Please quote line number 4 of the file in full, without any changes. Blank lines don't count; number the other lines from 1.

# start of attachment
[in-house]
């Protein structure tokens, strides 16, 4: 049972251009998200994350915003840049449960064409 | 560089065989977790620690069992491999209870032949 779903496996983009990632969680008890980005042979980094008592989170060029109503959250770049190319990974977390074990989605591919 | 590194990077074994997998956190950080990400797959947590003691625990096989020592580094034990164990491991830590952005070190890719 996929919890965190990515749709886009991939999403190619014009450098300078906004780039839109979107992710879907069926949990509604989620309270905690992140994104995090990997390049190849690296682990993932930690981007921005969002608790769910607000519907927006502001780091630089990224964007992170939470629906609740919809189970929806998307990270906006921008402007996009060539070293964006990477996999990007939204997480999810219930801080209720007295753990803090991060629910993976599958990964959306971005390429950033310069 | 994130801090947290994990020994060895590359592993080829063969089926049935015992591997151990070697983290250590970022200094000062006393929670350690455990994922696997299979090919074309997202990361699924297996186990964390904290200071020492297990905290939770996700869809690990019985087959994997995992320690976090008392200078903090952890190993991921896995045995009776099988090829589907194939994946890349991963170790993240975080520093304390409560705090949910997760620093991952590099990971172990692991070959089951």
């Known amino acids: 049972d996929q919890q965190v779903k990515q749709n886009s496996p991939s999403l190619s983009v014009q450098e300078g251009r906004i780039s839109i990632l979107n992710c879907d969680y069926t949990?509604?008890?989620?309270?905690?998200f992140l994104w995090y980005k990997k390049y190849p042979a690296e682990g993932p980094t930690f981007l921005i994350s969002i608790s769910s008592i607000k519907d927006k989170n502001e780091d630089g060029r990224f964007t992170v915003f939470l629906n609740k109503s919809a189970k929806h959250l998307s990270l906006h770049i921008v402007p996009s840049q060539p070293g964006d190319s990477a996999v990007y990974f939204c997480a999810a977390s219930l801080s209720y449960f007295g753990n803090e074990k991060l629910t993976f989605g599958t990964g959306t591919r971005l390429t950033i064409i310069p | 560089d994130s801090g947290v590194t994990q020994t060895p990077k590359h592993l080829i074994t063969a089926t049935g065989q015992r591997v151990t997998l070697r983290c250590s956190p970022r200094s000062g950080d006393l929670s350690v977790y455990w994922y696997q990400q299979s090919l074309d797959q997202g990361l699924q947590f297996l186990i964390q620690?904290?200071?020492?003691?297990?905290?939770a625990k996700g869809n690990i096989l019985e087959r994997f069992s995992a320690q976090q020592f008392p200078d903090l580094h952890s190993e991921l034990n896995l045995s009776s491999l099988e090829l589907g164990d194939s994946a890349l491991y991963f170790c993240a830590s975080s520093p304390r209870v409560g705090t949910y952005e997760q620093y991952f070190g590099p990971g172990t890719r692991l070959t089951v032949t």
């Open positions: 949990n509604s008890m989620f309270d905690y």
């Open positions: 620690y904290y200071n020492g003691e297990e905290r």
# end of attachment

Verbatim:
């Open positions: 949990n509604s008890m989620f309270d905690y």